Gamma ray bursts are some of the most energetic events in the Universe. Even more amazing is just how quickly it all unfolds. One moment, everything’s quiet. A moment later, there’s a tremendous explosion that we can see from billions of light years away. And just seconds later, it’s gone again – the afterglow will be around for a few days, but that’s it. Astronomers and spacecraft have only a few seconds to a few minutes to find the explosion and study it before it fades away.
But a recent burst started off so bright, and faded so slowly, that astronomers were able to study it for months. The burst is called GRB 060729, and it was first discovered on July 29, 2006 by NASA’s Swift Satellite. Since it lasted so long, astronomers think the initial explosion might have been receiving continuous amounts of energy from some other source.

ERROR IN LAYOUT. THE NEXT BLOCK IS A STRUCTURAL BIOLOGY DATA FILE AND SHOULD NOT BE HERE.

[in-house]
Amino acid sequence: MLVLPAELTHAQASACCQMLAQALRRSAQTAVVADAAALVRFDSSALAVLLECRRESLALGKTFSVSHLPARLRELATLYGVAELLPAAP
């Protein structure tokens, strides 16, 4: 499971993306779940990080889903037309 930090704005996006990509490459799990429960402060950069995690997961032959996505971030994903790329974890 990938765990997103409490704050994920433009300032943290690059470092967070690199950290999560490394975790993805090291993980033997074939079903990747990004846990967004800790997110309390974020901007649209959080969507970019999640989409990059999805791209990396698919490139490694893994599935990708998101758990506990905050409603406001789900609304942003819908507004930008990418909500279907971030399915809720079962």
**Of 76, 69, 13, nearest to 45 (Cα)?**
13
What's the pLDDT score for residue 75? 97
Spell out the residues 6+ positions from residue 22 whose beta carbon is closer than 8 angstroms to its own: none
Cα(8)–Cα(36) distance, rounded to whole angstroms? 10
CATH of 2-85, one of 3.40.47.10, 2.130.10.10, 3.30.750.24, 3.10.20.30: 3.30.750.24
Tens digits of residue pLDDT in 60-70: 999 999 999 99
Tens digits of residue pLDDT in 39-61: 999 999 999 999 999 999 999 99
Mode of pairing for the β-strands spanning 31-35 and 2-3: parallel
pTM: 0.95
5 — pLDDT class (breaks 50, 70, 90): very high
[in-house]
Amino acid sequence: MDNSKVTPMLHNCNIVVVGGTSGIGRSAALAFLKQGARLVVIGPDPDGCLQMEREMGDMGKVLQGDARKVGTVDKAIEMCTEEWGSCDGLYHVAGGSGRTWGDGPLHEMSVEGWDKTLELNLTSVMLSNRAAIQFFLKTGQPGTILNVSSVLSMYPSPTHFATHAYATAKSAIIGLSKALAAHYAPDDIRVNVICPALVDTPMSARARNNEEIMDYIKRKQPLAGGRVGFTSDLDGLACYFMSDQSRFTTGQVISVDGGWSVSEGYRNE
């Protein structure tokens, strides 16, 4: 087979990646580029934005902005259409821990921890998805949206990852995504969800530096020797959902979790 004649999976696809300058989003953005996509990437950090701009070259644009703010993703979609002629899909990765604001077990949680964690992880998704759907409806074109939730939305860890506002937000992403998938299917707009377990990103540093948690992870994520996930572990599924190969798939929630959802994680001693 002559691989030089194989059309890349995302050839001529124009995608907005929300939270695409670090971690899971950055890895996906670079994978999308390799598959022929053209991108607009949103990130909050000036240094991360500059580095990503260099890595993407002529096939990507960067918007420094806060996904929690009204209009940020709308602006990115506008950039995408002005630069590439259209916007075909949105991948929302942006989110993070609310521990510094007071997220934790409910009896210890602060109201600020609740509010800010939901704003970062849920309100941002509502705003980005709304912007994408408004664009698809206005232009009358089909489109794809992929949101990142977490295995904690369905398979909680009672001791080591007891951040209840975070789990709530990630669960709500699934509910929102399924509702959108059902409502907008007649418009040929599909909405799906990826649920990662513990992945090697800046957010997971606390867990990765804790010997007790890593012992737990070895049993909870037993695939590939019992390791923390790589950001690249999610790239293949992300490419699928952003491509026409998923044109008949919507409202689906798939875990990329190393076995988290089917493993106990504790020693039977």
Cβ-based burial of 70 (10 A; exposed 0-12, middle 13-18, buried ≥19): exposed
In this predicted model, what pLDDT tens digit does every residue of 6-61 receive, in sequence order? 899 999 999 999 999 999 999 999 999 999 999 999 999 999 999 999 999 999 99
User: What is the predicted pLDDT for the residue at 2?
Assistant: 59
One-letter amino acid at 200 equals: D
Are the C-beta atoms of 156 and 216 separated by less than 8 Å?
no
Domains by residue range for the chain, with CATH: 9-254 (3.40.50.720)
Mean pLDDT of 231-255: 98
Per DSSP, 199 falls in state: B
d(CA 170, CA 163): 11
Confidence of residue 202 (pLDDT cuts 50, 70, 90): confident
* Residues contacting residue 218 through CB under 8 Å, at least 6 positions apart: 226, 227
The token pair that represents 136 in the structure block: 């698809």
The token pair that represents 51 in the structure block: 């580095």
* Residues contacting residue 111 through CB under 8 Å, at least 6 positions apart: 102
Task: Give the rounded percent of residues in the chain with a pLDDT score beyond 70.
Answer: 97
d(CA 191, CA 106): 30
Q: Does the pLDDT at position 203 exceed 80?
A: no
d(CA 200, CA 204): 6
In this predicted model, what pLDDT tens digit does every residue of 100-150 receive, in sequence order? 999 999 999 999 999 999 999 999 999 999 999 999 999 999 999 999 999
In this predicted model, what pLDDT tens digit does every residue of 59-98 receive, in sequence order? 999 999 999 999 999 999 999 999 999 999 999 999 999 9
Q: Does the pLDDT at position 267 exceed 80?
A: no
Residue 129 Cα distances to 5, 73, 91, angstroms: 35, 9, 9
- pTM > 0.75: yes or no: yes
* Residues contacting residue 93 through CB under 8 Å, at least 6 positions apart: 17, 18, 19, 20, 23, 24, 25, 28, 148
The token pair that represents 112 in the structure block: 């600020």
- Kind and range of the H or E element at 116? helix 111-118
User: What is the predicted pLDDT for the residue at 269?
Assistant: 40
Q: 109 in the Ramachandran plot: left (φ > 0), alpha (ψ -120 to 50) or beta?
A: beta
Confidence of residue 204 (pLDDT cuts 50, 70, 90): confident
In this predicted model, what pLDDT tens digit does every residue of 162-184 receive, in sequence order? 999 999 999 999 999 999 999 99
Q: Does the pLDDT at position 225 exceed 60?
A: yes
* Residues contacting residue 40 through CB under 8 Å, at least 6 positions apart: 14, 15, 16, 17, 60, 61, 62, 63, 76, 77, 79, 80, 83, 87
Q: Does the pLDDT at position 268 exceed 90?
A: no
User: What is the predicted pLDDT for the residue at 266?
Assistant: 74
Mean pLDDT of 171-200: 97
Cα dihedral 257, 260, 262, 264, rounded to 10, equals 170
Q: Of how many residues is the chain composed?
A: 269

One possibility is a magnetar; a neutron star with an ultra-powerful magnetic field. The magnetic field acts as a brake, forcing the star to slow down, and transfers energy into the gamma ray burst explosion. This energy could keep the afterglow going for weeks and months.
Original Source: NASA News Release